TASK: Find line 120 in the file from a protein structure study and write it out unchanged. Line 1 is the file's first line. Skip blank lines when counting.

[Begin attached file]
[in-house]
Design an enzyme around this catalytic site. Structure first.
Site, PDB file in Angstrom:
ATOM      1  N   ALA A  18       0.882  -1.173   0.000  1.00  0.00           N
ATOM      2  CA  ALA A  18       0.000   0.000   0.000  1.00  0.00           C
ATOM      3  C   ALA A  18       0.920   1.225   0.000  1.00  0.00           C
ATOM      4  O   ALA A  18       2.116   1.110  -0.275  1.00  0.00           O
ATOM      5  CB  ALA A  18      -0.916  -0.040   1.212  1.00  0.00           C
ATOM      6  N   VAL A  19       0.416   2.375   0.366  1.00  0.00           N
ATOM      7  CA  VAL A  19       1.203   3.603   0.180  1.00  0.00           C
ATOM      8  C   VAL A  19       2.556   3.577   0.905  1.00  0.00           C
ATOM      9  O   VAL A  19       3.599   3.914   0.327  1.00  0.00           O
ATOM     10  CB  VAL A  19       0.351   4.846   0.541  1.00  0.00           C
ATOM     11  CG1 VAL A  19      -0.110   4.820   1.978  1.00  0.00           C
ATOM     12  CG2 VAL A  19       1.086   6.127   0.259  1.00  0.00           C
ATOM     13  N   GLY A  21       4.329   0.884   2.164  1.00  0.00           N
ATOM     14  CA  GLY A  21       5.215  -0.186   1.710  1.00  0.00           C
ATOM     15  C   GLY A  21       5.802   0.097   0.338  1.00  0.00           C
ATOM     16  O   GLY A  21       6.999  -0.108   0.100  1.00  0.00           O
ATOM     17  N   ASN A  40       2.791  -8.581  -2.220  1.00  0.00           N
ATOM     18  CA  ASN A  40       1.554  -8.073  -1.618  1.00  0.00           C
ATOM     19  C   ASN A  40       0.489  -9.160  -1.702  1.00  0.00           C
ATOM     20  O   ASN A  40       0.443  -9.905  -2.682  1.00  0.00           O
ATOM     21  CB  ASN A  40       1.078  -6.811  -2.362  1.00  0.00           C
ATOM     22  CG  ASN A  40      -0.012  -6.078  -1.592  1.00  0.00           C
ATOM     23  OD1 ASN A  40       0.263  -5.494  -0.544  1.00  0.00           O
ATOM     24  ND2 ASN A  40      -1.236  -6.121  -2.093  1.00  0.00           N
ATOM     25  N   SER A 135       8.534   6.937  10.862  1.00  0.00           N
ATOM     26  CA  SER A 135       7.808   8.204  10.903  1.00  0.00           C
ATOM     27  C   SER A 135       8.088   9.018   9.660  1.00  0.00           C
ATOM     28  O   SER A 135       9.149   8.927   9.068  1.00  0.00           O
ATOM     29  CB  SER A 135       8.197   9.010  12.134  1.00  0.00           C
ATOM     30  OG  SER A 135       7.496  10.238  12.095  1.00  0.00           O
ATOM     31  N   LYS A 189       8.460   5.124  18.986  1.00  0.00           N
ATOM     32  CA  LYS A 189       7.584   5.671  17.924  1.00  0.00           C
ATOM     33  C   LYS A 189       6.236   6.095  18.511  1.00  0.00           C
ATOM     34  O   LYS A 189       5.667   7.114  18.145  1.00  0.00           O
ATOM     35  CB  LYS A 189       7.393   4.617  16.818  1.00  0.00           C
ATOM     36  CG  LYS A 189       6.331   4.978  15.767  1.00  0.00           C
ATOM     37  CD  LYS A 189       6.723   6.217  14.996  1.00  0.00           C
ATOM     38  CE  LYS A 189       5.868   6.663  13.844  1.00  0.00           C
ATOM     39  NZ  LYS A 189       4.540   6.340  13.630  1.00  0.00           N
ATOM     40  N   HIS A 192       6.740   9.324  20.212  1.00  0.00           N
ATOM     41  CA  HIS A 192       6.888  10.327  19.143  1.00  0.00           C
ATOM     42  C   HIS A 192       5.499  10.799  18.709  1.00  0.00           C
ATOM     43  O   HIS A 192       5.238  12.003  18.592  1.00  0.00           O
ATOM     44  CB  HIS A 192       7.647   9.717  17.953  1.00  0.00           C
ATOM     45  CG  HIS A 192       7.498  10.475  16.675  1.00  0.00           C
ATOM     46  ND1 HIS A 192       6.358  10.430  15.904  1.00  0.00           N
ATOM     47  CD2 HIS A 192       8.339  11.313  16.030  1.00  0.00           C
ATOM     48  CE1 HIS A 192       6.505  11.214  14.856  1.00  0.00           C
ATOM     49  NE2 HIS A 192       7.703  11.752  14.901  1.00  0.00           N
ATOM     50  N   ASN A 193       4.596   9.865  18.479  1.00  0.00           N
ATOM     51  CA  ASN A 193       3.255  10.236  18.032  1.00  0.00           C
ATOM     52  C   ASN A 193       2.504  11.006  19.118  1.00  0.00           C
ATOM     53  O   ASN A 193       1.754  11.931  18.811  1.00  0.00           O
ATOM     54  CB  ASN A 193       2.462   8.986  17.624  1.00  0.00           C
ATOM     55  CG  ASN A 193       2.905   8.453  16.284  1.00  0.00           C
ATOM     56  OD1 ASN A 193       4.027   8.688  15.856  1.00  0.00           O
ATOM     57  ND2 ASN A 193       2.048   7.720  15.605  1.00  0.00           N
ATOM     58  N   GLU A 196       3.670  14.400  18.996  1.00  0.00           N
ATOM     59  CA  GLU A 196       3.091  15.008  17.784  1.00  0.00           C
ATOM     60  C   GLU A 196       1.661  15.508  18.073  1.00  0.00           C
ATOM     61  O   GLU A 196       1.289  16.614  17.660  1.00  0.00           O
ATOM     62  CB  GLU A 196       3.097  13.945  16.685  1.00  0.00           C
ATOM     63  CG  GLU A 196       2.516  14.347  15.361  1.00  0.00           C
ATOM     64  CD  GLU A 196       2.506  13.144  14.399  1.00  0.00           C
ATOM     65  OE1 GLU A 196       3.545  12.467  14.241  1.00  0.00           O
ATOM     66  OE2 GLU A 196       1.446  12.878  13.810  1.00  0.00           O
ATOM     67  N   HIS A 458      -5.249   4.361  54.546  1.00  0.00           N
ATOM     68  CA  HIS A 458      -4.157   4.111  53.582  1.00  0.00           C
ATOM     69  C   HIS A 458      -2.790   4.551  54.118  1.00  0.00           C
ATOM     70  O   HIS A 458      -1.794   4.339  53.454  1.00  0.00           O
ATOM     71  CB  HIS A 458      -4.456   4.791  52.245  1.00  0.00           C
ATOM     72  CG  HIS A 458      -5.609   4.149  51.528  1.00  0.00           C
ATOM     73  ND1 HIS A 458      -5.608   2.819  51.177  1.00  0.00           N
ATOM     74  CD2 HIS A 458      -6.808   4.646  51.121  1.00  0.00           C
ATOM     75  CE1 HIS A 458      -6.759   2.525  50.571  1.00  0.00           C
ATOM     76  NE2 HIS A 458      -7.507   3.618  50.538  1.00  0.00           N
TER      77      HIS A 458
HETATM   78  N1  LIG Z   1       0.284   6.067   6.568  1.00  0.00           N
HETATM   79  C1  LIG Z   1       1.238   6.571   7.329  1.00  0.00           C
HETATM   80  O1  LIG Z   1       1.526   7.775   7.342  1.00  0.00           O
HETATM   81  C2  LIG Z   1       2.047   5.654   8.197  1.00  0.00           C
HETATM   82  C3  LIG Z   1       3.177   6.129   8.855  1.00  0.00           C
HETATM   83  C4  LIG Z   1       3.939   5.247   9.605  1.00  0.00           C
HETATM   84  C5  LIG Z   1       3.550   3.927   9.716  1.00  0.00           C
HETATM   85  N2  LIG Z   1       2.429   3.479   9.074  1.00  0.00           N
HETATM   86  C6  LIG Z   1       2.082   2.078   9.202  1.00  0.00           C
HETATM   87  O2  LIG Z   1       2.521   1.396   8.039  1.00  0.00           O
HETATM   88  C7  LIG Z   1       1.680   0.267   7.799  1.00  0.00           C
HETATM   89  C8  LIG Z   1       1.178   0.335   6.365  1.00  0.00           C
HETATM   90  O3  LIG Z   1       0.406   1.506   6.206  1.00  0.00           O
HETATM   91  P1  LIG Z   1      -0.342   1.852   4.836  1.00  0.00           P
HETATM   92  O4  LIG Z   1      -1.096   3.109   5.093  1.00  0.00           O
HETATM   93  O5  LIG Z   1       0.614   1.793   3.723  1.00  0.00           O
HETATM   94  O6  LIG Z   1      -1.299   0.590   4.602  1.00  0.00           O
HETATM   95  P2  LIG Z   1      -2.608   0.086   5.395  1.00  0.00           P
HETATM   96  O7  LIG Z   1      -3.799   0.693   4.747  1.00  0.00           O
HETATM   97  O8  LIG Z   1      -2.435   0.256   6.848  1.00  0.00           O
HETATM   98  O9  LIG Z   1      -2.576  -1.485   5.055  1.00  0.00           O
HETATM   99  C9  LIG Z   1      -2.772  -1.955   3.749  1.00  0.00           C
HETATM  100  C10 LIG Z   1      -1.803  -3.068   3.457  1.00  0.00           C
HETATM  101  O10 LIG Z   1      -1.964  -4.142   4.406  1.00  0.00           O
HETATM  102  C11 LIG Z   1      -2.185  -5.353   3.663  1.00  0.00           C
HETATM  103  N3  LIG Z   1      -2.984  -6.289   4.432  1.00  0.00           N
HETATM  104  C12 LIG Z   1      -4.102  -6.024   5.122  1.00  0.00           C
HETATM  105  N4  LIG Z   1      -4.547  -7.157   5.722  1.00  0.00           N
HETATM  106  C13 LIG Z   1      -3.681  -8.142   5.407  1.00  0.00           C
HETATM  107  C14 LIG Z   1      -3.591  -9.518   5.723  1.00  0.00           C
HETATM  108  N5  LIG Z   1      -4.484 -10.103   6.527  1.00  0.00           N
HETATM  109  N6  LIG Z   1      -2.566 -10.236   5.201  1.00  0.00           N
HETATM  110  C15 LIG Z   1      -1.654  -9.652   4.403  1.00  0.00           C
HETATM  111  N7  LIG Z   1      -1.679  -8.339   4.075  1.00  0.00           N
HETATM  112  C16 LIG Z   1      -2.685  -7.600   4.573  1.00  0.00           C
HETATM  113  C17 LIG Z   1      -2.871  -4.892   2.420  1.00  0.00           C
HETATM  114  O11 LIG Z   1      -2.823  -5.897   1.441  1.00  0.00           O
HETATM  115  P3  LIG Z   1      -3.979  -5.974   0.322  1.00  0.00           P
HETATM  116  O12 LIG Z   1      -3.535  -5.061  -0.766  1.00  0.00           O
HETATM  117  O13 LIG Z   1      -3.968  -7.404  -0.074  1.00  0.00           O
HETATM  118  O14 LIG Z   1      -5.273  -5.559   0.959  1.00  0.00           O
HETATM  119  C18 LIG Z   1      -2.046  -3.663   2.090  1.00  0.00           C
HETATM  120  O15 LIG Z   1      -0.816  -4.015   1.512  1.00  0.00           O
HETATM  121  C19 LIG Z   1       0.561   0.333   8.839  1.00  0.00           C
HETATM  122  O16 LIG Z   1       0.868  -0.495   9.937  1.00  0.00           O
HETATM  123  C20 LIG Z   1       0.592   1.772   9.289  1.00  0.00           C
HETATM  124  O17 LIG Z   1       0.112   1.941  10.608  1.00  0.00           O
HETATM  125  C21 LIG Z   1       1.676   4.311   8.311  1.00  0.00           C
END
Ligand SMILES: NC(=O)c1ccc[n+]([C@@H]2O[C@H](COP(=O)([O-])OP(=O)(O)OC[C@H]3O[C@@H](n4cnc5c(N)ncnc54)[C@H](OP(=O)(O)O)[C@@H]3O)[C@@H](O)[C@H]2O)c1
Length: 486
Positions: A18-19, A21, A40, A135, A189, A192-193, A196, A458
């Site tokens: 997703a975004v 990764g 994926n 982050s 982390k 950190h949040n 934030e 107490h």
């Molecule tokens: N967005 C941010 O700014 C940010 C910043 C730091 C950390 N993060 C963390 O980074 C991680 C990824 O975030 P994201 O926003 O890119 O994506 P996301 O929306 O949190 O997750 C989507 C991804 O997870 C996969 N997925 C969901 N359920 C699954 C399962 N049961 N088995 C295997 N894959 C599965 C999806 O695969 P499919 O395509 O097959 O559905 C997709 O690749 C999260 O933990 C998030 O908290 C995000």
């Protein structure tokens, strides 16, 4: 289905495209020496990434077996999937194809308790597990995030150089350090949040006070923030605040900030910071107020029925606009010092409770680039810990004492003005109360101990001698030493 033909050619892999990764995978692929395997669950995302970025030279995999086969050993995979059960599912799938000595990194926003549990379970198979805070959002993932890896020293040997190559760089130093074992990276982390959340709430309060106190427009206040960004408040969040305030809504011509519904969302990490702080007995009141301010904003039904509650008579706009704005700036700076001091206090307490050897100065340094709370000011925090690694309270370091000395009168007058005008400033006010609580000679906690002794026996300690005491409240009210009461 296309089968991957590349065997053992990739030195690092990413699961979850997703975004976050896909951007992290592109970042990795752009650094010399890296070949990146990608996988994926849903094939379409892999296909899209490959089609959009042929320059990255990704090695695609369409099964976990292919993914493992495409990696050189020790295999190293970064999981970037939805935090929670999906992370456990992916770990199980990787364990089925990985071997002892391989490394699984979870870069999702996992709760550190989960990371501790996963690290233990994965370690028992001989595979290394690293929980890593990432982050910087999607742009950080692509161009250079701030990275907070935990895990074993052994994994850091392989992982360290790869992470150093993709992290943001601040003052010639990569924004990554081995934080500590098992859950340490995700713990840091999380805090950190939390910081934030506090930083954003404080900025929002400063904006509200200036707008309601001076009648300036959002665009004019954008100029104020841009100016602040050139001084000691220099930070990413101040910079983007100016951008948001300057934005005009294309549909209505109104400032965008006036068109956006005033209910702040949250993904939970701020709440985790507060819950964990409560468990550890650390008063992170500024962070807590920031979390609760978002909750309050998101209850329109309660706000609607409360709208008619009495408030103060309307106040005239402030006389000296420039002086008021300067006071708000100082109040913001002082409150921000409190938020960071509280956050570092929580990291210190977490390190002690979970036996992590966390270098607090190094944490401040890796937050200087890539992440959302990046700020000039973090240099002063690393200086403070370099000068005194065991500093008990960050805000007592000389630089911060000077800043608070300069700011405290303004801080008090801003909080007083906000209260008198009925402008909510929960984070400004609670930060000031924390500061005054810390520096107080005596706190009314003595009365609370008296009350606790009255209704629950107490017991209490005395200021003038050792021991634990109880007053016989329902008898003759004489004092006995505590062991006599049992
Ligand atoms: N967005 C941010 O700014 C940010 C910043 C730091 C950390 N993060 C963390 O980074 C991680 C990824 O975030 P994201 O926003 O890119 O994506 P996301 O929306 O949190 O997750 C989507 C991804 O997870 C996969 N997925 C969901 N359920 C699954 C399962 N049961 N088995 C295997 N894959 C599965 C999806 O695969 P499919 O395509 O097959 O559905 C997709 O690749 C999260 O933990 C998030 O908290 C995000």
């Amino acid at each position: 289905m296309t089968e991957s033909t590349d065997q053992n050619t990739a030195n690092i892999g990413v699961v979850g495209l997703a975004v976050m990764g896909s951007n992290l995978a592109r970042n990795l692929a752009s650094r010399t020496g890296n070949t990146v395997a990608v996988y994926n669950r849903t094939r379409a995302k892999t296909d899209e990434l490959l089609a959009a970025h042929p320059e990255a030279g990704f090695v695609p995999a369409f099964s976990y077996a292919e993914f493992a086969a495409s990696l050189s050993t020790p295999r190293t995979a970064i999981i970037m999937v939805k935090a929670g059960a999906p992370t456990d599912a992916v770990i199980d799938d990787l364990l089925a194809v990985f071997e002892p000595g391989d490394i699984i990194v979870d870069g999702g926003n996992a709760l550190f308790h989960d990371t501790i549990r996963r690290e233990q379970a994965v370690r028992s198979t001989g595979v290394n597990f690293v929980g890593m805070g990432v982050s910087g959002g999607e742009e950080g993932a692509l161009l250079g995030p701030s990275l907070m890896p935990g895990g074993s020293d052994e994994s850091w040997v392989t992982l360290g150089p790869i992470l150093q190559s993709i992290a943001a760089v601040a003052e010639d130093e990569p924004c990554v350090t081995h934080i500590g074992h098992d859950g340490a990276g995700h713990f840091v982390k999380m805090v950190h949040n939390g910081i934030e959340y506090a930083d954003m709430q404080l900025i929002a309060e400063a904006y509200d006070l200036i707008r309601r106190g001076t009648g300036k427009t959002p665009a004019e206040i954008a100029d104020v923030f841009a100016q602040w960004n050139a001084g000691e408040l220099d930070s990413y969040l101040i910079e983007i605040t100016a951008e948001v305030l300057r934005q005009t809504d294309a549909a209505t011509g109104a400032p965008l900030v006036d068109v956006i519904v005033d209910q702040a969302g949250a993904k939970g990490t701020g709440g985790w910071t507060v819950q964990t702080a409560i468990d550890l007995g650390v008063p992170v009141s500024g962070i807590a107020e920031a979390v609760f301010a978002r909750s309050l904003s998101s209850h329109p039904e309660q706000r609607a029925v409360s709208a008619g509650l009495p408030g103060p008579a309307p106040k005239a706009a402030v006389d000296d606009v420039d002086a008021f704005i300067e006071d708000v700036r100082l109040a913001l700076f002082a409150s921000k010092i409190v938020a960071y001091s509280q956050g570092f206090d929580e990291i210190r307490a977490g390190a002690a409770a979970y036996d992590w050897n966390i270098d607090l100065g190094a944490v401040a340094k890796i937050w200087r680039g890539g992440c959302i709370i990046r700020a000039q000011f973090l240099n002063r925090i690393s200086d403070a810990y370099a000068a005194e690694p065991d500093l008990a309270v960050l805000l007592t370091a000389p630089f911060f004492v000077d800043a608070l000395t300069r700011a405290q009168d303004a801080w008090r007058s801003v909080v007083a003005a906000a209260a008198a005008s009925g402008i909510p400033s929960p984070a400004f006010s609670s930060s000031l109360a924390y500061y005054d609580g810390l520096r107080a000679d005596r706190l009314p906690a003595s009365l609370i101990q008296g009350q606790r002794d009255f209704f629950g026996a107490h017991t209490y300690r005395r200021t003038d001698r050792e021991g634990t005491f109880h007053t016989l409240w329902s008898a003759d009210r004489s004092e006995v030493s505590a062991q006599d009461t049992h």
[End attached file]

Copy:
HETATM  117  O13 LIG Z   1      -3.968  -7.404  -0.074  1.00  0.00           O